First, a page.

Date of Original Version
The complex-frequency-shifted perfectly matched layer (CFS-PML) technique can efficiently absorb near-grazing incident waves. In seismic wave modeling, CFS-PML has been implemented by the first-order-accuracy convolutional PML technique or second-order-accuracy recursive convolution PML technique. Both use different algorithms than the numerical scheme for the interior domain to update auxiliary memory variables in the PML and thus cannot be used directly with higher-order time-marching schemes. We work with an unsplit-field CFS-PML implementation using auxiliary differential equations (ADEs) to update the auxiliary memory variables. This ADE CFS-PML results in complete first-order differential equations. Thus, the numerical scheme for the interior domain can be used to solve ADE CFS-PML equations. We have implemented ADE CFS-PML in the finite-difference time-domain method and in anonstaggered-grid finite-difference method with the fourth-order Runge-Kutta scheme, demonstrating its straightforward implementation in different numerical time-marching schemes. We have also theoretically analyzed the role of the scalingfactor of CFS-PML; it transforms the PML to a transversely isotropic material, reducing the effective wave speed normal to the PML layer and bending the wavefront toward the normal direction of the PML layer. Our numerical tests indicate that the optimal value reduces the points per dominant wavelength at the outermost boundary to three, about half the value required by the numerical scheme. We also have found that the PML equations should be derived taking the free-surface boundary condition into account in finite-difference methods. Otherwise, the free surface in the PML layer causes instability or ineffective absorption of surface waves. Tests show that we can use a narrow-slice mesh with ADE CFS-PML to simulate full wave propagation efficiently in models with complex structure.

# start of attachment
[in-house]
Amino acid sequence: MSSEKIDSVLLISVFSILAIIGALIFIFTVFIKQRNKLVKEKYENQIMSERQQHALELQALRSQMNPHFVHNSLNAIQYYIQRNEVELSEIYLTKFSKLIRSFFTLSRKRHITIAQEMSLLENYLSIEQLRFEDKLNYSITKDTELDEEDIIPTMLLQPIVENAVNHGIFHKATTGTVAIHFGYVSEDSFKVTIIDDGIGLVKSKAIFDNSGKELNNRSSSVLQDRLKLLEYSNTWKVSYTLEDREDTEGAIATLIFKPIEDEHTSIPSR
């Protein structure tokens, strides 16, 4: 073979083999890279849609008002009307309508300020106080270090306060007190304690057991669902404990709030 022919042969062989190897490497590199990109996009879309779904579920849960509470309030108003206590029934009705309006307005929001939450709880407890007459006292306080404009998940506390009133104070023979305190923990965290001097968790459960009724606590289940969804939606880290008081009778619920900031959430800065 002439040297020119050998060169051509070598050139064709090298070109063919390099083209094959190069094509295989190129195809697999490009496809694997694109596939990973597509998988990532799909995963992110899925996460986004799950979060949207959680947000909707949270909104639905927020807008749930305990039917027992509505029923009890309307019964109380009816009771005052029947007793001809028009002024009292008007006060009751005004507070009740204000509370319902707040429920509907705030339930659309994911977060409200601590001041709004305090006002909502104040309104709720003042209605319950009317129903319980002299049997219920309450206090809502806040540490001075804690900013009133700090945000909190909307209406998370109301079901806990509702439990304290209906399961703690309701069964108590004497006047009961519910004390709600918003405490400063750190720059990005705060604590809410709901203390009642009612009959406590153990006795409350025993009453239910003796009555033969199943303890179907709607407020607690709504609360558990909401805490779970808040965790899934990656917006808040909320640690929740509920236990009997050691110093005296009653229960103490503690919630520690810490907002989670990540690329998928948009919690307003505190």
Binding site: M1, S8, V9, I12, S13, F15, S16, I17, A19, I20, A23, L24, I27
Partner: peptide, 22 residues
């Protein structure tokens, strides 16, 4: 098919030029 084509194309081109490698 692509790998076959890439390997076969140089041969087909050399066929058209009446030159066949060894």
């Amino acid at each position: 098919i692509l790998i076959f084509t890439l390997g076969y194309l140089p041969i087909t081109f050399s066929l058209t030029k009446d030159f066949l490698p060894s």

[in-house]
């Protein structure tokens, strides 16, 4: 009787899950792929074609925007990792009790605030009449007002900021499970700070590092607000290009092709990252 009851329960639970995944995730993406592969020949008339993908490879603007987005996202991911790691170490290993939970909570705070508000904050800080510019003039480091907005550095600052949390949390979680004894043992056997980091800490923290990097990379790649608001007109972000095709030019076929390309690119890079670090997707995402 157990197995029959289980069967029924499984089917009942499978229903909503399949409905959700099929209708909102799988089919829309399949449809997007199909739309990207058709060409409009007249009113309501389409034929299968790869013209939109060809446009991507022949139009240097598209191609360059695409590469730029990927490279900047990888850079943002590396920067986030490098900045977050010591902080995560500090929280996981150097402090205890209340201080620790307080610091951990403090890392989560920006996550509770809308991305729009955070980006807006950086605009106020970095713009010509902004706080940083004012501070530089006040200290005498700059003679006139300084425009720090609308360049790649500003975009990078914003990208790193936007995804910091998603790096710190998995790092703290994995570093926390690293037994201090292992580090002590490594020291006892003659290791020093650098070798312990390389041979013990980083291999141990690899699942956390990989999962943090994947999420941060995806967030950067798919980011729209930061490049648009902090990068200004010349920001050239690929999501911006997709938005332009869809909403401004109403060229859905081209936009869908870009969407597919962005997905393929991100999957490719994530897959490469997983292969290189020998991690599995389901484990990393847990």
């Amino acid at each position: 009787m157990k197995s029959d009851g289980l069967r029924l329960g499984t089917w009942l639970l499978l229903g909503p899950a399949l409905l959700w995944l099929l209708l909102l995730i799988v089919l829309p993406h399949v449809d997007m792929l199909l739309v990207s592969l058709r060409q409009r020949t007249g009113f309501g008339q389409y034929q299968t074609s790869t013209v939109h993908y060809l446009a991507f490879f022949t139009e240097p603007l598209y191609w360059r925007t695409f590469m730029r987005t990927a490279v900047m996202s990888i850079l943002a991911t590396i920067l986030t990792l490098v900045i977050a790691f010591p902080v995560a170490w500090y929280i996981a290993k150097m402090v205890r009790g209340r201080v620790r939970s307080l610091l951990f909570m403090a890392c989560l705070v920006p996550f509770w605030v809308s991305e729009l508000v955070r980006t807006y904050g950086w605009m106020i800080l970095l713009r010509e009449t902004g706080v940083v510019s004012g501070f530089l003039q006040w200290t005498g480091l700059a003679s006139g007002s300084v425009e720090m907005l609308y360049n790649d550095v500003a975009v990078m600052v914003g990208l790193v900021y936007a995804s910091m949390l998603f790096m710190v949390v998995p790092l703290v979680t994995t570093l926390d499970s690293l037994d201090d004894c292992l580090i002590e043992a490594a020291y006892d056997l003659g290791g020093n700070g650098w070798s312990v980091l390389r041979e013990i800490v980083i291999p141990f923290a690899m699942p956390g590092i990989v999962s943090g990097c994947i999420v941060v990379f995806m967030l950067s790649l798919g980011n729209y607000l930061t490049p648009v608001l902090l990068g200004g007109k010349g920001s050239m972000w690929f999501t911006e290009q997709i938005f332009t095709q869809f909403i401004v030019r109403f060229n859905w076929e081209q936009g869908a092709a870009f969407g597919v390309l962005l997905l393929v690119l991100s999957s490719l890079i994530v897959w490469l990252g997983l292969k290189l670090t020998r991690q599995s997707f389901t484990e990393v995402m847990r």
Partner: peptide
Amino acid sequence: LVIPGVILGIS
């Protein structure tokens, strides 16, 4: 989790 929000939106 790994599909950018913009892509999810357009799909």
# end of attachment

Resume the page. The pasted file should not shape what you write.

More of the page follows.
Wei Zhang, Yang Shen; Unsplit complex frequency-shifted PML implementation using auxiliary differential equations for seismic wave modeling. Geophysics ; 75 (4): T141–T154. doi: 10.1190/1.3463431
Available at: https://doi.org/10.1190/1.3463431